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Anti-Kremlin Sanctions: The First Results

If anyone needed proof that personal travel bans are the most effective way for the West to put pressure on authoritarian Kremlin officials, it is now before us. Just days after Russian opposition leader Boris Nemtsov, meeting legislators in Washington, suggested imposing US visa sanctions against senior figures implicated in corruption, electoral fraud, media censorship, and other violations of Russia’s OSCE commitments, two leading blacklist candidates abruptly changed their public tone. No legislation has yet been introduced or even drafted, no lists with specific names published. But the very suggestion appeared to have seriously racked some nerves in Moscow’s highest offices.

Kremlin deputy chief of staff Vladislav Surkov, the regime’s domestic policy enforcer, has never shied away from stating his views in public. He coined the concept of Russia’s “sovereign democracy” in opposition to Western political systems. He publicly warned against expecting a “political thaw or sludge” — meaning liberalization — after the formal changeover at the Kremlin in 2008. He dismissed complaints over the absence of democratic elections in Russia as “yammer.” Yet the moment visa sanctions became a topic of serious discussion in Washington, Mr. Surkov was a changed man. Poll numbers for the Kremlin’s United Russia party, he lamented, are “anomalously high.” Russia’s political scene lacks an influential liberal party. The opposition will grow in strength and achieve power within a decade. Indeed, already in the 2011 elections United Russia will lose its two-thirds constitutional majority in the Duma. Russia’s goal, according to the reborn Mr. Surkov, is to become “a Western democratic state.”

All of this was said at a meeting with American students two days after Mr. Nemtsov announced the opposition’s push to blacklist the likes of Mr. Surkov in the West. Also present at that meeting was Vasily Yakemenko, minister for youth in Vladimir Putin’s government and founder of the Nashi movement. Nashi and similar pro-Kremlin youth groupsspecialize in harassing opposition leaders and independent journalists. Among their recent accomplishments: the weeks-long hounding of columnist Alexander Podrabinek, who dared to question the re-Sovietization of Russian life; the photo installation titled “You are not welcome here,” with pictures of Russian opposition politicians and human rights activists as well as some foreign leaders dressed in Nazi uniforms; and the public trampling of portraits of opposition leaders at a Moscow rally. Indeed, the initial reaction of pro-Kremlin gangs to Mr. Nemtsov’s blacklist initiative was an attack on him at Moscow’s Sheremetyevo airport as he returned home from the US. The immediate and strongly-worded statement from Senator Benjamin L. Cardin (D-Md.), who chairs the US Helsinki Commission, served as a reminder that this time Washington really is paying attention. On Monday, in an interview with the popular newspaper Komsomolskaya Pravda, Vasily Yakemenko openly pleaded with his goons to “stop dancing on the portraits of opposition leaders.” The youth minister knows well what it means to be blacklisted. In 2007, he found himself — along with scores of Nashi activists — on the EU Schengen zone no-entry list after the group harassed British and Estonian ambassadors. No foreign diplomat in Moscow has been targeted since the travel ban went into effect.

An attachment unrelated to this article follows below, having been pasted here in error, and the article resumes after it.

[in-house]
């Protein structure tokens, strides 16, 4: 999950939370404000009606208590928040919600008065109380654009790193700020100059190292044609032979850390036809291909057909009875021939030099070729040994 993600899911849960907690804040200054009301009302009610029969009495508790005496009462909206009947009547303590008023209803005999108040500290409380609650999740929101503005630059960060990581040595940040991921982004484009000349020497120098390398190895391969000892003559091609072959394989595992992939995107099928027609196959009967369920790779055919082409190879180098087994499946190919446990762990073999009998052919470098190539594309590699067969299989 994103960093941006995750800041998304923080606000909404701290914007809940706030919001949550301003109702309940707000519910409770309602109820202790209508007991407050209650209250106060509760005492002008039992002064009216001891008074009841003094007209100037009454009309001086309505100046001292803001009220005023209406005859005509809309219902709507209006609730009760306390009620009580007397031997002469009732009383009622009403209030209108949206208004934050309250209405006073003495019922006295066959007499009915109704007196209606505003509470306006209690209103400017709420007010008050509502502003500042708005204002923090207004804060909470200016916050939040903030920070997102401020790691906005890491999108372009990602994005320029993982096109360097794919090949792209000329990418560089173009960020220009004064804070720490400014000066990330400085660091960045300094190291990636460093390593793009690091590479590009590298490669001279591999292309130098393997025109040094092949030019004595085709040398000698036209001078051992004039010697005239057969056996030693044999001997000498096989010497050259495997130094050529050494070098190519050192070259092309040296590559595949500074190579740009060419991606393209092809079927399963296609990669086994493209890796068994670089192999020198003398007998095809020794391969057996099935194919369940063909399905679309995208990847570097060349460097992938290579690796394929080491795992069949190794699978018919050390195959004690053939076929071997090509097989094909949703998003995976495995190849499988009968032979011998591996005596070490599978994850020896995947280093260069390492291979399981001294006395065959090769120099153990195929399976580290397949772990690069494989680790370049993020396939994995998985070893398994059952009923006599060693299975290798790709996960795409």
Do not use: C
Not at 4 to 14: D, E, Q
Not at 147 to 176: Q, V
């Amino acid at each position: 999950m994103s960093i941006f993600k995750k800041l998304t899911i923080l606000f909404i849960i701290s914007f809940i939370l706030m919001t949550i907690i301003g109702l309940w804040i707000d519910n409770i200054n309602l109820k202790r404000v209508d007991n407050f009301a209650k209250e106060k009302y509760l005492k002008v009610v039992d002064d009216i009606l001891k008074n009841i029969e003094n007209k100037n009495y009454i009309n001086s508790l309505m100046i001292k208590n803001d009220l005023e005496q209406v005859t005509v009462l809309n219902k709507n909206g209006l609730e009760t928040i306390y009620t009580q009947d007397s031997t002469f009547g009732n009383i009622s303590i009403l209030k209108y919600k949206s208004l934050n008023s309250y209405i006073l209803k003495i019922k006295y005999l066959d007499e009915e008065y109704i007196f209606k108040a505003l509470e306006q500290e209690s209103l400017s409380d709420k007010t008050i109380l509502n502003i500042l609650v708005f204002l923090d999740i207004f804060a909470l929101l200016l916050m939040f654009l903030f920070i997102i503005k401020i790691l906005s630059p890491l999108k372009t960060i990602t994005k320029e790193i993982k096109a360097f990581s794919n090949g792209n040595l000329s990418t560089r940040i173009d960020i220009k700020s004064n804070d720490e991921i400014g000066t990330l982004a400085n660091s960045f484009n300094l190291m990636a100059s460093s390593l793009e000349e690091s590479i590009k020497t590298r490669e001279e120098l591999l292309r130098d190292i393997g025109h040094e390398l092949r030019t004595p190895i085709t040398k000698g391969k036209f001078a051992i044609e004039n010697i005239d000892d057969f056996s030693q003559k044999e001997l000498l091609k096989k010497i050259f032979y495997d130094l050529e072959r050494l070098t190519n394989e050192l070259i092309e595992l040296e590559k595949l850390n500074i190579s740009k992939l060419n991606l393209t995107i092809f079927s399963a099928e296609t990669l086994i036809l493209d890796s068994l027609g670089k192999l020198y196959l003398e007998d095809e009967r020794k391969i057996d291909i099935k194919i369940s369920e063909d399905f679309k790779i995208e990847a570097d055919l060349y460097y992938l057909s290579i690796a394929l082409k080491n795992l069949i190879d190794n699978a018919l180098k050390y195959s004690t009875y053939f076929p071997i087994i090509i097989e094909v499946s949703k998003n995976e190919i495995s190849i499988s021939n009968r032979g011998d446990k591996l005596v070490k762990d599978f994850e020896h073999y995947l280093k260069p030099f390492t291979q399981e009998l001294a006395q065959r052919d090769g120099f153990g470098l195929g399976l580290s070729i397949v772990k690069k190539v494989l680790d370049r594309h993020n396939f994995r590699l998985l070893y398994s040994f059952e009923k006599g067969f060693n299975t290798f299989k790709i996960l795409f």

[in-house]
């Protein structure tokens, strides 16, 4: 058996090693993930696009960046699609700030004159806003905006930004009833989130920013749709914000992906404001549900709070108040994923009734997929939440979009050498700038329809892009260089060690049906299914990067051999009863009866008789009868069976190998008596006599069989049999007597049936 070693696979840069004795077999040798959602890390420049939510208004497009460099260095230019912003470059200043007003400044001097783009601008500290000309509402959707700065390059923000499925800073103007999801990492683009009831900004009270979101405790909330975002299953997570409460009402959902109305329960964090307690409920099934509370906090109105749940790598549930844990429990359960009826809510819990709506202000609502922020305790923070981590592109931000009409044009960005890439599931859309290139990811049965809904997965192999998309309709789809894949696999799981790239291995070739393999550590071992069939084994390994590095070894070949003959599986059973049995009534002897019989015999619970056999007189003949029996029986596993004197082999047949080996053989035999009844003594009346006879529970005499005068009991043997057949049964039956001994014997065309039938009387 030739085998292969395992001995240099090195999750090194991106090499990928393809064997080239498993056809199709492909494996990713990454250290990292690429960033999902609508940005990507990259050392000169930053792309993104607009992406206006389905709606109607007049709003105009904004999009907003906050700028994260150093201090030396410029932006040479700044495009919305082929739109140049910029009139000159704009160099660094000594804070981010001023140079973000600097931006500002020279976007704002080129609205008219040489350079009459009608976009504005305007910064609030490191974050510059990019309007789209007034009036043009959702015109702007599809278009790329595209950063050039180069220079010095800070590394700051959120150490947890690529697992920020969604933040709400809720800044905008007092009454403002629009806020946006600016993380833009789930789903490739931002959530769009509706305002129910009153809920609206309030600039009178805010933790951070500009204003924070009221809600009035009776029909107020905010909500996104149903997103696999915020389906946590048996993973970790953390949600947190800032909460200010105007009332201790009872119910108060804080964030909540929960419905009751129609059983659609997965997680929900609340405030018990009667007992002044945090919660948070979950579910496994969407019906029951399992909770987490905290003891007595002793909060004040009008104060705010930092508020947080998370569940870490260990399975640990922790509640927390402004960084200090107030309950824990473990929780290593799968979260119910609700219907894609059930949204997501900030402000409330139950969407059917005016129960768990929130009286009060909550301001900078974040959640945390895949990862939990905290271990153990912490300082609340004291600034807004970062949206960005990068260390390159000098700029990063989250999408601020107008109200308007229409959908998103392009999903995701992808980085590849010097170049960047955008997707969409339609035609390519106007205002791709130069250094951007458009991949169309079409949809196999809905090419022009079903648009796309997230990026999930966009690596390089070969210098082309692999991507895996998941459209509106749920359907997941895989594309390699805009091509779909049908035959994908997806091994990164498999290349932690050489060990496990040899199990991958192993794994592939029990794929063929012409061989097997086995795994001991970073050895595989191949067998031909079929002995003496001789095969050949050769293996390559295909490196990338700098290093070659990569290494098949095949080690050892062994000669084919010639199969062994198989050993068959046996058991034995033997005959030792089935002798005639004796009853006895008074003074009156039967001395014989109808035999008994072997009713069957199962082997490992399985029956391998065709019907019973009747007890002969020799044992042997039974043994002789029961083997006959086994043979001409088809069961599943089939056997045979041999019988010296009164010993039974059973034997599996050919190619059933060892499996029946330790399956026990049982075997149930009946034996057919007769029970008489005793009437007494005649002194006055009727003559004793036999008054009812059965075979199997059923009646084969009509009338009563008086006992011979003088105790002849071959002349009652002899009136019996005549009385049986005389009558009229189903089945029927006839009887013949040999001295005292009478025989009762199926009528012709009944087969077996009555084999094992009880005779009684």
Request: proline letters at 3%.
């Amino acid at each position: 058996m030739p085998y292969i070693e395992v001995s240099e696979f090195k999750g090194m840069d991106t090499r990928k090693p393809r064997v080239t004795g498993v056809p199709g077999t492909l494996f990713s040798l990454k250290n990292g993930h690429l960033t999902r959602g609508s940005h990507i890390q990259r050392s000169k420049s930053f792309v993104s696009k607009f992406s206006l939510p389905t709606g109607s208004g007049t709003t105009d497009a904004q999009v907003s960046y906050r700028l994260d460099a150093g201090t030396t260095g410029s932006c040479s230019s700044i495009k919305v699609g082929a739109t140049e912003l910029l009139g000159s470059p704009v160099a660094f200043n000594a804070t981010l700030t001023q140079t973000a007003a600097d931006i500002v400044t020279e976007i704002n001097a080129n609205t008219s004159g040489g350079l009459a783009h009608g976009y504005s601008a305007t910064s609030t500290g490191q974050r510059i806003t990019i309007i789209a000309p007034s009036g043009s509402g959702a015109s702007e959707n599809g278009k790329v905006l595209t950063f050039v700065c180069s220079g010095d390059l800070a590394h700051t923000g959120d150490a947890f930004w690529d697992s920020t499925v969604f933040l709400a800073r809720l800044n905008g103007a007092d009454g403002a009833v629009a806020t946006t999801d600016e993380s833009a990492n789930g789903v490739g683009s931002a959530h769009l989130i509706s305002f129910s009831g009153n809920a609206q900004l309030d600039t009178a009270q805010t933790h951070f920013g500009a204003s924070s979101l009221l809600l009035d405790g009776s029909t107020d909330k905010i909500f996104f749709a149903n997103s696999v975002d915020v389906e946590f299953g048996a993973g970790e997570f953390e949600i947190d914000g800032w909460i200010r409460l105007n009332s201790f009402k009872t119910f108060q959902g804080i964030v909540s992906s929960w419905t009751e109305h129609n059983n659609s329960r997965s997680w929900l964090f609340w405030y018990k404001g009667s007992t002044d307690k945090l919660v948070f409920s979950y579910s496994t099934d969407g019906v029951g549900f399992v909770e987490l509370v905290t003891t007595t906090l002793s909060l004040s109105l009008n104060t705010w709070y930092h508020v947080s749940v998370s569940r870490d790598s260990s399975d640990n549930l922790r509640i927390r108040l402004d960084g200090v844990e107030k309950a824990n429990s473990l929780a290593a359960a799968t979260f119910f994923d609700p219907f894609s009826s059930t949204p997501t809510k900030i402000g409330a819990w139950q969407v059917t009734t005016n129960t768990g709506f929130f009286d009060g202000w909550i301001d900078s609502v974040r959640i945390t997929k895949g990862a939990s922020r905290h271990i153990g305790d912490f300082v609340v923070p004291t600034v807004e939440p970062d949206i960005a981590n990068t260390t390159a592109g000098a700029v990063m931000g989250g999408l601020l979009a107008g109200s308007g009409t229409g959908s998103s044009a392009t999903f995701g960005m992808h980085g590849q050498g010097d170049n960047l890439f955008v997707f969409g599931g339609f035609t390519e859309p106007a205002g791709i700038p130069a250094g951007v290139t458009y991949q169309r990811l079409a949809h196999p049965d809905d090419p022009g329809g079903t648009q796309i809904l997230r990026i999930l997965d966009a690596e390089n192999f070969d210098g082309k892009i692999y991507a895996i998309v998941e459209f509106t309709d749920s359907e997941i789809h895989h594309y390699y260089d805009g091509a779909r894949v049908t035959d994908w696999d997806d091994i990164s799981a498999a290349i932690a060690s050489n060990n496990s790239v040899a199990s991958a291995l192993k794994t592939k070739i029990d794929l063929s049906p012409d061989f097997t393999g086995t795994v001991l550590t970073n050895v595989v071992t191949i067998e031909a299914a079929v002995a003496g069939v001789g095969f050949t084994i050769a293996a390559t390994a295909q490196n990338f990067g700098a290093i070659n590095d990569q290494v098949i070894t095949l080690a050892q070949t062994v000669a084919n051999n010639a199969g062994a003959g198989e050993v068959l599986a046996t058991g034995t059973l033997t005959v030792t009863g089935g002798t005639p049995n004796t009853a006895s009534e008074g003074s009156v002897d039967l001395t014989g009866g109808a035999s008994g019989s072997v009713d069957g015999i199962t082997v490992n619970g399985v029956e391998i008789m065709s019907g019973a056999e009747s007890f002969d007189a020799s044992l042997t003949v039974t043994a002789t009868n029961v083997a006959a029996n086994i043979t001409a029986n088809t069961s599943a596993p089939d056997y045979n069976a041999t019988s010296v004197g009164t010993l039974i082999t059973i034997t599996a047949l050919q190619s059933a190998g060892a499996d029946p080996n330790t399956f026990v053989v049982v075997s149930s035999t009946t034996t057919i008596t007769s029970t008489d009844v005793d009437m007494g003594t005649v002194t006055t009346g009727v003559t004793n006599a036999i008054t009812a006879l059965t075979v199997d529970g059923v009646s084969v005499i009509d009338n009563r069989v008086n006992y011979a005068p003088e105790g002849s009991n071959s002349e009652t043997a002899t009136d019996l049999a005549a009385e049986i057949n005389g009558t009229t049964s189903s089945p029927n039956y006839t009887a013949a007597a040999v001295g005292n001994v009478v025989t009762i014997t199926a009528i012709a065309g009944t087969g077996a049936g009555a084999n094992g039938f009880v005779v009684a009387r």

Meanwhile, Russia’s opposition continues its efforts with regard to visa sanctions. As a point of reference for Western legislators, Mr. Nemtsov has compiled a draft blacklist that contains nine of the most notable violators of the rule of law in Russia. Apart from Mr. Surkov and Mr. Yakemenko, the list, symbolically headed by Mr. Putin, includes electoral commission chairman Vladimir Churov (for facilitating election fraud), deputy prime minister Igor Sechin (for organizing the persecution and looting of Mikhail Khodorkovsky and his oil company), and four government prosecutors in the first and second Khodorkovsky trials. “When we restore the Constitution, democracy and the rule of law, these figures should appear in court and may be subject to lustrations legislation,” Mr. Nemtsov wrote in the preface to the blacklist, “But while the justice system is absent in our own country, we must press for sanctions in Europe and the United States. Let those who built a thievish police state travel in North Korea, Iran and Belarus.”

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